Basics are Magnified

Of course, even without cow herd expansion, none of this means individual operations are locked into static production while facing higher costs.

For instance, the difference between an 82 percent weaning rate (per cow exposed) and one of 85 percent in a herd of 100 head is three weaned calves. That's about $2,100 difference at $134/cwt. on calves averaging 525 lbs.

Though increasing the weaning rate, an extension of the herd reproductive rate can cost more on the input side, lots of producers prove that doesn't have to be the case.

For instance, two producers spend the same for parasite control, but one times the application more effectively. Two producers spend the same money for bulls, but one chooses genetics more suited to his cow herd and has built cows more suited to his environment. One producer weans calves at the same time every year because it's convenient; the other weans earlier, allowing cows to go into breeding season with more body condition, and on and on. One producer weans an 82 percent calf crop, the other 85 percent.

None of these kinds of management choices are newfangled secrets. Any one of the management decisions mentioned above, as well as the plethora of others, may or may not work for a particular operation. The point is that proven management options exist that can increase production and decrease breakeven production costs without added direct cost. These leverage-enabling options gain incremental value, too, when times are toughest, when Mother Nature prevents herd expansion, though input costs rocket ahead.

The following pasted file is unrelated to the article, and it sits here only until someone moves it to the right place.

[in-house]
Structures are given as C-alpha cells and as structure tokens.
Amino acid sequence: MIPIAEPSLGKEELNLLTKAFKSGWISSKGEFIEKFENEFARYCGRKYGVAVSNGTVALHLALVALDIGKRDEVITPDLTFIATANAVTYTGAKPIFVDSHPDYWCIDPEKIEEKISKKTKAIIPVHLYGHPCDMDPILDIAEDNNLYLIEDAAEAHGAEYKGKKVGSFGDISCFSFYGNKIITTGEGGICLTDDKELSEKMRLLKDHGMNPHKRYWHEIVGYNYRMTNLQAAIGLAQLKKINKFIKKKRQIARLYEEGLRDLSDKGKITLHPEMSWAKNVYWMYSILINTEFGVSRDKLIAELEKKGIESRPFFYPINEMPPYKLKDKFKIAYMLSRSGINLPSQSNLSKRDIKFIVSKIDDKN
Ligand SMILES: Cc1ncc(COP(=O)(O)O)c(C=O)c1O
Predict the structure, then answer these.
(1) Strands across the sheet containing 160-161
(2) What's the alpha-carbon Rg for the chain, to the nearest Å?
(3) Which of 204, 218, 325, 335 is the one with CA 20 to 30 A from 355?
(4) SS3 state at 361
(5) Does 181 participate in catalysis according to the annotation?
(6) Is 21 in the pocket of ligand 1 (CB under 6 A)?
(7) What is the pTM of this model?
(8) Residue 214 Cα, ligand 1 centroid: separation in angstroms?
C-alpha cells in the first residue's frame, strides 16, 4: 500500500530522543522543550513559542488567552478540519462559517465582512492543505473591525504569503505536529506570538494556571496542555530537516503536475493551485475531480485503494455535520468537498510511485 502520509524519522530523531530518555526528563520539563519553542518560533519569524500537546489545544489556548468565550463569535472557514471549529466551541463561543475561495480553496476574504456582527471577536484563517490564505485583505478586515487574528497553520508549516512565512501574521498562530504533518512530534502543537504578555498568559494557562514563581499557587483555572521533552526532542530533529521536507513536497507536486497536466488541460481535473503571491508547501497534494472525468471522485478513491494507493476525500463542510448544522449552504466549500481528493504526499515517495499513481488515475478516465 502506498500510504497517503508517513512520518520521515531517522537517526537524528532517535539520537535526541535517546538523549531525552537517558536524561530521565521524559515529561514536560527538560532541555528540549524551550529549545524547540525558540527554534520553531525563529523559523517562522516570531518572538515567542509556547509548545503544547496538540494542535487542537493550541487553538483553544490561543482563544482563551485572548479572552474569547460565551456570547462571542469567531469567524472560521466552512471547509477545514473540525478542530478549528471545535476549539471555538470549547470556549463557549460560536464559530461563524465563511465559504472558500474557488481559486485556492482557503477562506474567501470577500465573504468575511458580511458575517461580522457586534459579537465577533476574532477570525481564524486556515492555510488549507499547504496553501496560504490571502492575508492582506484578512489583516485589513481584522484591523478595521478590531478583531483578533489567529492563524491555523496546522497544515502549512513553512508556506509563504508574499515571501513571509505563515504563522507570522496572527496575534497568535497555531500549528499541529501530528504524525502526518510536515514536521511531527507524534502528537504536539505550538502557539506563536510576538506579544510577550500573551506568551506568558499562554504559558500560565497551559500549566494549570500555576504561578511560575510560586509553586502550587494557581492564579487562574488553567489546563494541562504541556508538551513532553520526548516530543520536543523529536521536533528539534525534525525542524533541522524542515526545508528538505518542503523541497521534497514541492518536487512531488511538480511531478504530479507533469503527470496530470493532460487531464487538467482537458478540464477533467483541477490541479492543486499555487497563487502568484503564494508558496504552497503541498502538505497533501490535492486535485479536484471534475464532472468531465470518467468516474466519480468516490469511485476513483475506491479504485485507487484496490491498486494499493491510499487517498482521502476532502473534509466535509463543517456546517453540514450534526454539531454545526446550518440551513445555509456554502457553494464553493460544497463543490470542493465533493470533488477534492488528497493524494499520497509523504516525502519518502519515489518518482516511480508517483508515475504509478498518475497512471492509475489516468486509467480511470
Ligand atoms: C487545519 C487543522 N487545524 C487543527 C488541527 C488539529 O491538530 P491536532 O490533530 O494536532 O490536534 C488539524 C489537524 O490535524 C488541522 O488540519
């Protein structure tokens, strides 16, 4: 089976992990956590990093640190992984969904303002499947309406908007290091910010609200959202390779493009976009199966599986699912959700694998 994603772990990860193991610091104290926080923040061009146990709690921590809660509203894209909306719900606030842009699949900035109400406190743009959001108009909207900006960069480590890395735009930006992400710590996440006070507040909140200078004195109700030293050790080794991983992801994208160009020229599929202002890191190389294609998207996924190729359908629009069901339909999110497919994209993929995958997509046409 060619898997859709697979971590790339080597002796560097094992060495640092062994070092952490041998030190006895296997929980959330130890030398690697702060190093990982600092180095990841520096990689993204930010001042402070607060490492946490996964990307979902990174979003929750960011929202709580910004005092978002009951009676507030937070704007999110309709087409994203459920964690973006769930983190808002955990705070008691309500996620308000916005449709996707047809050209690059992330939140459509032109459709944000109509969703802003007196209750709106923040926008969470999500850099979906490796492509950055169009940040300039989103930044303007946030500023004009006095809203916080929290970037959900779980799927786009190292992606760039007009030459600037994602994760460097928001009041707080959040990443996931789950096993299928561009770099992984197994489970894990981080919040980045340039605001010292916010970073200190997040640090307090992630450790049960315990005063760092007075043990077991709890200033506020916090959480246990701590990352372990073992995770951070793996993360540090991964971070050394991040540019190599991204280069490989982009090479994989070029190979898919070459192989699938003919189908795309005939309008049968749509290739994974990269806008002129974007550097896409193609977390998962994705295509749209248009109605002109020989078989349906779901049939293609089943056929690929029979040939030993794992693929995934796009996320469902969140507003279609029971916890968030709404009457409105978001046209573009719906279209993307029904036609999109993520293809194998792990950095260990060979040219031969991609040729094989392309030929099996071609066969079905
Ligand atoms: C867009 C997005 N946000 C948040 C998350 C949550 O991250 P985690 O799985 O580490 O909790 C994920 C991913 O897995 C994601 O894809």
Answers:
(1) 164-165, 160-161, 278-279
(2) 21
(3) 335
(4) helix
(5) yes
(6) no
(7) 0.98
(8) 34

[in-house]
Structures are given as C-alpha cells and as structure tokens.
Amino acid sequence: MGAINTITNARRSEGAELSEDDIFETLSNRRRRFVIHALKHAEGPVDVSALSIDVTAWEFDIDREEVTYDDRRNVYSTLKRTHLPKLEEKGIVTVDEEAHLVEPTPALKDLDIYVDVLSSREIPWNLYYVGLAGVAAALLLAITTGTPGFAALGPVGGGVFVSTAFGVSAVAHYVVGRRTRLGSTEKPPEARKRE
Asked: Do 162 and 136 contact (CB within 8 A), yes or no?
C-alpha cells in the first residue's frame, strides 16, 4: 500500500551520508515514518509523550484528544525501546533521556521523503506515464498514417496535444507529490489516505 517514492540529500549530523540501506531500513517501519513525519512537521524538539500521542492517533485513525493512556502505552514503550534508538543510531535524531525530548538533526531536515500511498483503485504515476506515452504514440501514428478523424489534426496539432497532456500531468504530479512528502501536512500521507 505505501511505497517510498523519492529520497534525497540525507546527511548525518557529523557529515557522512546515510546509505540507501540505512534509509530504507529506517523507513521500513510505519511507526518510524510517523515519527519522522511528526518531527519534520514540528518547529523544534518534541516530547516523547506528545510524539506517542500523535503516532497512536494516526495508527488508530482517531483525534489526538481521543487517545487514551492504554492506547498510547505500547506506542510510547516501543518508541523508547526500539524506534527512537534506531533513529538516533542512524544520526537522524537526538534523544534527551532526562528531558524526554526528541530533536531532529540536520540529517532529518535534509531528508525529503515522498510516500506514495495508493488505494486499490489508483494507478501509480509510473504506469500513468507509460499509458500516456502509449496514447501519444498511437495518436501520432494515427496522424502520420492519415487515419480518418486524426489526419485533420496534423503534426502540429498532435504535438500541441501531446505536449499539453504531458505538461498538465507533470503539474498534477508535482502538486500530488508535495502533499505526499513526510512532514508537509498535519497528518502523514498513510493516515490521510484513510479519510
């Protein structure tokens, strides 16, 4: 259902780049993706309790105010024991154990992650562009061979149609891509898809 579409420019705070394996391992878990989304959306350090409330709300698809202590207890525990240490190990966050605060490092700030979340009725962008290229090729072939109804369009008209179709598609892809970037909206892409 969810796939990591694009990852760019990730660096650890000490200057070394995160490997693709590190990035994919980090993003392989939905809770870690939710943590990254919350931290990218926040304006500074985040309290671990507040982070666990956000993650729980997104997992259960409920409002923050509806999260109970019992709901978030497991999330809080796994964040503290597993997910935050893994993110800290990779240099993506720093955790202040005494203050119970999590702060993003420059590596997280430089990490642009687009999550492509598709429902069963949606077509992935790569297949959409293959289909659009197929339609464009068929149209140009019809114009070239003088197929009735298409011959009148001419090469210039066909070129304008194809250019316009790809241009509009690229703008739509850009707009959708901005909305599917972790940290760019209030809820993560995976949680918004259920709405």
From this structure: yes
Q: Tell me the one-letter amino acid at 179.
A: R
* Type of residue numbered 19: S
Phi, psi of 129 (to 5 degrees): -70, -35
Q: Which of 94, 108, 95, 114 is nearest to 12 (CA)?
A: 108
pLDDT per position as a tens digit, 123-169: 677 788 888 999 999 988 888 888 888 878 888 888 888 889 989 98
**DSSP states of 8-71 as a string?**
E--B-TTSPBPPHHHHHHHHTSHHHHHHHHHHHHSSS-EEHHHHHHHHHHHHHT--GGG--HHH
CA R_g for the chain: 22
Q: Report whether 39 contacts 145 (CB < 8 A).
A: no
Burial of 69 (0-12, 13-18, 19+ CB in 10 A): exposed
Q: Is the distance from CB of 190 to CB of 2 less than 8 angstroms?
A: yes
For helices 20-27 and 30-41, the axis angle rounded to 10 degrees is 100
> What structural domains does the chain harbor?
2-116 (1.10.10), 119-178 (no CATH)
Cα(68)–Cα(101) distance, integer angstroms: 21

Hybrid Gain

Among all of the options available to increase current production with the same level of inputs or to maintain current production with fewer inputs, crossbreeding continues to offer the greatest economic leverage and insurance against the unknown. That's especially true when you consider the value of managing maternal heterosis.

“Commercial cow-calf producers are faced with optimizing a number of economically important traits, while simultaneously reducing costs of production in order to remain competitive,” says Scott Greiner, beef extension specialist at Virginia Tech University in Crossbreeding-It's Cool Again. “Traits such as reproduction, growth, maternal ability, and end product merit all influence productivity and profitability of the beef enterprise. Implementation of technologies and systems that both reduce costs and enhance productivity are key. One of the oldest and most fundamental principles that has a positive influence on accomplishing these goals is crossbreeding.”